Fire and Glass

Fire and Glass

by Marty Chan


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A fourth floor that is only pretending to be a storage room, stairs that lead to an abyss, and a goth djinn with an attitude who likes to play with fire: Krystina finds more than she bargained for when she moves to a new school. The adventures of the Keepers of the Vault are just beginning.

Written in dyslexia-friendly font! High interest - low reading level.

Product Details

ISBN-13: 9780993935152
Publisher: Clockwise Press
Publication date: 04/15/2016
Series: Keepers of the Vault , #1
Pages: 128
Product dimensions: 5.50(w) x 7.50(h) x 0.30(d)
Age Range: 11 - 14 Years

About the Author

Marty Chan is a popular presenter and author for young people, as well as a playwright and radio personality. He is known for the middle grade series Marty Chan Mysteries and the Ehrich Weisz Chronicles for young adult readers. Marty lives in Edmonton, Alberta.

Read an Excerpt

Chapter 1: Invisible Girl

Nothing said lonely more than being the new kid at school. The feral cats that were my classmates scurried off to their hideaways, abandoning me with the other runts. I don’t know where they went, but I knew if I tried to follow them or get their attention, they’d flash me an indifferent look and run away.
I’d hoped today would be different. Maybe I could actually make eye contact with one of them so I could confirm I wasn’t just some ghost wandering the dusty tomb that was MacKenzie King School.

Nothing made me feel more invisible than the ancient hallway. Built before my grandparents were born, the school showed every one of its years. The rusted pipes above the hallway dripped on the cracked floor tiles. Water stains marked the faded paint on the walls and the floor bubbled from flood damage. The corridor reeked of stale B.O., mould and body spray. The kids ignored the rundown place with the same indifference they ignored me.

At my old school, I had grown comfortable with my rank in the social order. I was somewhere near the top, thanks to my best friend Jen and her ability to snark out pretty well anyone. She had a reputation for cutting down others, but she only picked on the people who pretended to be better than everyone else. She never preyed on obvious targets or the ones who couldn’t return fire. Everyone adored her because of this, and as long as I was with her, the kids liked me as well. I could use Jen right about now to snark out the self-important kids strutting toward the cafeteria, led by a Goth girl in Doc Marten boots and faux leather.

Mom had moved us from our quiet suburban home on the outskirts of Edmonton to the inner city to be nearer to her downtown office job. After Dad decided he’d had enough of Mom and me and took off on us, we needed to save money. That meant I had to start over in the middle of my grade nine year at MacKenzie King. Unlike my father, I hated starting over. Different teachers, different students, different everything. I wanted my old life back with my old room, my old hangouts, and my old friends.

I found a clean spot at one of the grungy tables and opened my paper bag lunch. A bottle of orange juice crushed a stale sprout and cucumber sandwich at the bag’s bottom. I rescued my sandwich, unsealed the plastic bag and peeled my lunch out. The cucumbers slipped out of the bread like the paper debris of a kindergartener’s failed art project. I stuffed the soggy white and green discs back between the slices. I missed the fried rice and barbecue pork buns Grandma used to make for me. Now I was stuck with whatever Mom could pull together before she headed off to work. I scanned the room as I bit into the sandwich.

A boy sat at a nearby table. His bangs hung over his brown eyes. You could tell a lot about a person by the way they carried themselves and this guy was trouble. He propped one foot on the empty chair beside him, showing off his crud-encrusted blue jeans. No one else sat with him, but his casual slouch suggested he couldn’t care less about the company he kept. He rubbed his finger across the side of his mouth as he grinned at me. I scrunched my face, unsure of the signal. His tongue darted out and licked the corner of his lips.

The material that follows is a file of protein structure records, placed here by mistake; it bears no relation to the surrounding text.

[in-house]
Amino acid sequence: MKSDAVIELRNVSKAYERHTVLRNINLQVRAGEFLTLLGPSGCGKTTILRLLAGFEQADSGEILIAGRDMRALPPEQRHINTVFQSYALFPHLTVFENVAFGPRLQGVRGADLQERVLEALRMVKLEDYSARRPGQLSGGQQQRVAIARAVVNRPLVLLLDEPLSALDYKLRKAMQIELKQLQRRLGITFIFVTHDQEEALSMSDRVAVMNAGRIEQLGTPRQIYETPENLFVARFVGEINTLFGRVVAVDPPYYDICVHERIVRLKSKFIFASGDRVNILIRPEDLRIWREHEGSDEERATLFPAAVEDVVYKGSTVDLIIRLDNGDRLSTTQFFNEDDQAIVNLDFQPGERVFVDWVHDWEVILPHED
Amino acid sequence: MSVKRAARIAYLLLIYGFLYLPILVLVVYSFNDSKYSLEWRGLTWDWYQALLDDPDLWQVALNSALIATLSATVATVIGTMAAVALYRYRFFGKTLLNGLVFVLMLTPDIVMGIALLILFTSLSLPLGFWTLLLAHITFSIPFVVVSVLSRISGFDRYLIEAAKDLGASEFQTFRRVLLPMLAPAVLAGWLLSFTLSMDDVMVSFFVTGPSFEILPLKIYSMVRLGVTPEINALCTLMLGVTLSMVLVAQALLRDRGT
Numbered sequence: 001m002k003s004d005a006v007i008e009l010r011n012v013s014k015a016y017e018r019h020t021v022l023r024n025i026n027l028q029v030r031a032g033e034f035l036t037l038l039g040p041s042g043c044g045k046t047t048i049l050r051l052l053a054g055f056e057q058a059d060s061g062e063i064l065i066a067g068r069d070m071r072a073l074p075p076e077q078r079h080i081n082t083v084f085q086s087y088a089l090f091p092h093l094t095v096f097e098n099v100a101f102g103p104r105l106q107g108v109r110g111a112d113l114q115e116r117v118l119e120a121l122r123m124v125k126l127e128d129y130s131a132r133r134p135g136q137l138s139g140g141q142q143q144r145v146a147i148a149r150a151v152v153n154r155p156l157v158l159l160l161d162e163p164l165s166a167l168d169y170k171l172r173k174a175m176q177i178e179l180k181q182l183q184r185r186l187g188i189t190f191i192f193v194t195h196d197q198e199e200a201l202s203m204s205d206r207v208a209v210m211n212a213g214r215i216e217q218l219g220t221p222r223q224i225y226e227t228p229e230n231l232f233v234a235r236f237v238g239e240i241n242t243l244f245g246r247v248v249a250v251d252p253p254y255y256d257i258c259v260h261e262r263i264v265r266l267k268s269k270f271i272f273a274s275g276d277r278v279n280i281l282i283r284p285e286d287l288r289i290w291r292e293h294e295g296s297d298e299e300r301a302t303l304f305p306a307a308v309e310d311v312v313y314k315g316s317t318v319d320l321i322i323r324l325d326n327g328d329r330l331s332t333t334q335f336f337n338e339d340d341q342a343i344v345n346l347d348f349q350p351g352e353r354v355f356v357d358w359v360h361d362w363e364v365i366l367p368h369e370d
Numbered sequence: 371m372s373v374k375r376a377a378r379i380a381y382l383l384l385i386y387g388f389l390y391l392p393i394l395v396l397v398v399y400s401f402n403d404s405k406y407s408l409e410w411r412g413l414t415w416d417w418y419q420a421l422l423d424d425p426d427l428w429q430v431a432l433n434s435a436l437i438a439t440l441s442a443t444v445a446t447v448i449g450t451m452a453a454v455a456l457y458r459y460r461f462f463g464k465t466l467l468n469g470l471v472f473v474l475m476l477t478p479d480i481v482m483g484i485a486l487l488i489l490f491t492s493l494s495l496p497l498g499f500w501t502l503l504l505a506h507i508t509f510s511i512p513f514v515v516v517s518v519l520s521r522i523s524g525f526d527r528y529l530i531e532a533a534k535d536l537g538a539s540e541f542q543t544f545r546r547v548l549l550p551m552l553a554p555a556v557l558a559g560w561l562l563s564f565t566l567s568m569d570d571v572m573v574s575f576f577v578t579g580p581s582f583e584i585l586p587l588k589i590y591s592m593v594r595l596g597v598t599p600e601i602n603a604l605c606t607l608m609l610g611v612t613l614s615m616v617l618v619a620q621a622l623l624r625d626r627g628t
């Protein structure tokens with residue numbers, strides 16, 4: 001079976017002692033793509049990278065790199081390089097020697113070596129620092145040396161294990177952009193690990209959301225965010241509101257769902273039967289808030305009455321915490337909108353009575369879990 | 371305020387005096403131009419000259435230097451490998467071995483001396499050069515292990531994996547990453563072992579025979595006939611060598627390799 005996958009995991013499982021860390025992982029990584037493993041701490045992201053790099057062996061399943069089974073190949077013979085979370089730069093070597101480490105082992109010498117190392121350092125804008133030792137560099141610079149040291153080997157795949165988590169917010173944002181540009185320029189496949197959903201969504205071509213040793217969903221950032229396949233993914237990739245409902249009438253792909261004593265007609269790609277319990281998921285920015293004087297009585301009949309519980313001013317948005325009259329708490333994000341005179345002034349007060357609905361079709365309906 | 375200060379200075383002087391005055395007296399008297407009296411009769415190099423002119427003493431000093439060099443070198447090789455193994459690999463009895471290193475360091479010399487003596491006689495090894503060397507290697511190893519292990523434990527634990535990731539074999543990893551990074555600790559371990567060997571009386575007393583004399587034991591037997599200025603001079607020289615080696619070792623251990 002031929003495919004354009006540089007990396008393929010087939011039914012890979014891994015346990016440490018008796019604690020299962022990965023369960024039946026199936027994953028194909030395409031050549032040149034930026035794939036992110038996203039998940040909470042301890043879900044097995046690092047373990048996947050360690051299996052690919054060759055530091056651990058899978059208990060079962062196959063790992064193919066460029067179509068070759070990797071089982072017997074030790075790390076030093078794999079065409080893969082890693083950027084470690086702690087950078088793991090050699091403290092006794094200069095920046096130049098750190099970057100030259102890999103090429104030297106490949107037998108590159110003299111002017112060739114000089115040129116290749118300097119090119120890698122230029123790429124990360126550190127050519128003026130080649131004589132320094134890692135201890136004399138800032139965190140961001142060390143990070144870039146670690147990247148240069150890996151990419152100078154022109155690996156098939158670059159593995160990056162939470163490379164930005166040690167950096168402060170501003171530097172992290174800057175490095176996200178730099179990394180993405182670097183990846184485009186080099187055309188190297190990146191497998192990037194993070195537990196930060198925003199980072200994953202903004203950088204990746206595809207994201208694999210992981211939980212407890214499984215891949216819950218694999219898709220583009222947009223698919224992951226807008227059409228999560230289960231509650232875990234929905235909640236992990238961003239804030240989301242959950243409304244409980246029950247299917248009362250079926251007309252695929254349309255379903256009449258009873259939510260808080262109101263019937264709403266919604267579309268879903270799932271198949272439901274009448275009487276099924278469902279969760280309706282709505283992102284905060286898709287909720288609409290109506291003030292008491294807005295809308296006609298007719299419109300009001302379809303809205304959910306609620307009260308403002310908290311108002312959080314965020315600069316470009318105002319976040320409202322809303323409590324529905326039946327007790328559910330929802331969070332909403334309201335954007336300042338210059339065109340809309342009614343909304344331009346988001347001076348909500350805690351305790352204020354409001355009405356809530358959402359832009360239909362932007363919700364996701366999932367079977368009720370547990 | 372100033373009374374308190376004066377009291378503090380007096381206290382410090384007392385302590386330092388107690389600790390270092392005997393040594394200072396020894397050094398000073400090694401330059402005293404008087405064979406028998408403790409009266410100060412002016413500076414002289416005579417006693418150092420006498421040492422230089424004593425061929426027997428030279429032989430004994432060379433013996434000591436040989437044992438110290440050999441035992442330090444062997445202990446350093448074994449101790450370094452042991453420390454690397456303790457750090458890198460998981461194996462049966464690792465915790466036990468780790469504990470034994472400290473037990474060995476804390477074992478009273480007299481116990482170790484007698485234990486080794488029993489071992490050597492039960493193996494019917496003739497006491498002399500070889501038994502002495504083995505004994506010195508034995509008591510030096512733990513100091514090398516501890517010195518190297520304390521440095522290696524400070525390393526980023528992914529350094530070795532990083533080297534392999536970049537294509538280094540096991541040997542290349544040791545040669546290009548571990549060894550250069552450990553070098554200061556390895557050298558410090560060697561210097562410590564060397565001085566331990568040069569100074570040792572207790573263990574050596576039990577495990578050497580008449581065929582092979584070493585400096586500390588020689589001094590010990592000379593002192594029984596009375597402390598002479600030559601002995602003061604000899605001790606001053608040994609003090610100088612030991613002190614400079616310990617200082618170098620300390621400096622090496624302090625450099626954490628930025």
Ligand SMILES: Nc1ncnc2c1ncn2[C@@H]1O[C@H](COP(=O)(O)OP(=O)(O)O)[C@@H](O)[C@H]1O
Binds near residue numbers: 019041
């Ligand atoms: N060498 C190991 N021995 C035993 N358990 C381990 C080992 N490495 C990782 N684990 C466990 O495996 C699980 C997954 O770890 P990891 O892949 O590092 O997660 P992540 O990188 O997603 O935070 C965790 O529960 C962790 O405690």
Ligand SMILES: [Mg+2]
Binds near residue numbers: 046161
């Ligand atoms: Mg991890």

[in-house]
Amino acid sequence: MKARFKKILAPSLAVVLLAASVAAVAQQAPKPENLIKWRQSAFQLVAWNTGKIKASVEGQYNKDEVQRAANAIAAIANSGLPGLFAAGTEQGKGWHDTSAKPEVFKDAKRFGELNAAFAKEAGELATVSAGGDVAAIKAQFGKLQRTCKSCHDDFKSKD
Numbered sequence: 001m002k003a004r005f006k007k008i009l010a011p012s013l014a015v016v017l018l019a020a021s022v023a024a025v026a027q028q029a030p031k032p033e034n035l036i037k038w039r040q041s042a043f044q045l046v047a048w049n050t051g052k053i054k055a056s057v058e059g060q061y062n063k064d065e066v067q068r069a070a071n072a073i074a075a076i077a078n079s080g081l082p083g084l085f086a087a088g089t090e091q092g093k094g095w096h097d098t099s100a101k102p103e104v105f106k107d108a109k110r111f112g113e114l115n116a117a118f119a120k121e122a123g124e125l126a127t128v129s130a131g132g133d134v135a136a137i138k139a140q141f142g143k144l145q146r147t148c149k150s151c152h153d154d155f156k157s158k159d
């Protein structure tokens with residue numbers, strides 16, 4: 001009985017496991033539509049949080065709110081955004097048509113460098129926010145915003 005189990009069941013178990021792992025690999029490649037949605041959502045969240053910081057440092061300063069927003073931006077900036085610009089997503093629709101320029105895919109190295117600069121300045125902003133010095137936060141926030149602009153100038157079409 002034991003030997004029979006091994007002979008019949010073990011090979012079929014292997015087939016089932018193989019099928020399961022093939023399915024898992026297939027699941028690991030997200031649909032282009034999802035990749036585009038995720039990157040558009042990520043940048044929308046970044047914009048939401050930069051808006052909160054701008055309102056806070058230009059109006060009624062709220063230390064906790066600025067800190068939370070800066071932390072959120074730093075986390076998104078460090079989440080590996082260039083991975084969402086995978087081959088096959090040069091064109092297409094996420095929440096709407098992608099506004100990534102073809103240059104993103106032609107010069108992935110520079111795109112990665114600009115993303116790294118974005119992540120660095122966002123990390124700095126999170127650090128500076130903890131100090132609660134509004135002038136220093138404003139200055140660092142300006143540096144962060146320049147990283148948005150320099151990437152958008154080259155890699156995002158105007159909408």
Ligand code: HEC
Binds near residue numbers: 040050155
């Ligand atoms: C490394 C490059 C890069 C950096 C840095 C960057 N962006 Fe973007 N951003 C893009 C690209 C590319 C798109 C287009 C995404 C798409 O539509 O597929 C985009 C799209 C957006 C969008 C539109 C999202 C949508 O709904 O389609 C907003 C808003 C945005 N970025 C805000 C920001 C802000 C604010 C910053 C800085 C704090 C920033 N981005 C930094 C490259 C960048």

Ew, I thought. Was he coming on to me?

He licked again. I stared at my sandwich and pretended to ignore him.

Moments later, the squeak of rubber-soled footsteps stopped beside me.

Please don’t be him. Please don’t be him. I slowly peeked up at a Bowser T-shirt hanging loosely over a scrawny frame.

“You have a sprout hanging off your lip.”

My hand instinctively reached up to my lips. He was right. My face reddened as I plucked the sprig out of my mouth and laid it on the plastic wrap. He wasn’t trying to come on to me.

“Name’s Dylan,” he said. “Saw you in science class yesterday. You’re new here.”

I nodded.

“What’s your name, sprout girl?”

“Kristina,” I said. A couple of half-chewed bits of sandwich tumbled out.

Dylan smiled. “First time with your new mouth?”

I covered my mouth and tried to swallow.

“Don’t worry about it, Kristina. Everyone’s staring at their smartphones. The only way you could get them to look up is if you yelled.” He glanced at the crowd and shouted, “Zombie!”

Several kids stirred. One rolled her eyes at Dylan and resumed texting. No one cared. A hint of a smile crept across my face. “I see you’re not obsessed with tweets and pics.”

He shrugged. “Can’t play decent games on a smartphone. If someone could come up with a Mega Man app, maybe I’d play. Mega Man is an old Capcom game,” he added.

“Dr. Wily always creeped me out,” I said.

He raised an eyebrow and nodded. “I’m impressed. You an old-school gamer?”

“Does Mario have an evil twin?” I said. “You want to split the rest of my sandwich?”

He laughed. “No, I’m not a fan of cucumber farts.”

“What’s your favourite game?”

“Ever hear of Hogan’s Alley?”

“Nintendo? I loved that one,” I said. “The gun was glitchy, but the game was still fun. I always shot the old man.”

“You know you’re not supposed to shoot bystanders, right?”

“Oh, really? I wish I knew that before.”

He grinned. “I played Grand Theft Auto before it was cool.”

Though I figured my nerd status was growing with each minute I talked games with Dylan, I didn’t mind the company. The bell interrupted our conversation.

“What class do you have?” he asked.

“Language arts,” I said.

“Oh right. You joined a couple days ago. Follow me. I know a shortcut.”

He led me into the mosh pit of students in the school hallway, pushing past the slackers leaning against the walls and around the jocks, who refused to get out of the way for anyone.

“Coming through. Radioactive isotopes. Move aside. Dangerous materials.” Dylan rattled off oddball warnings as we navigated through the crowd.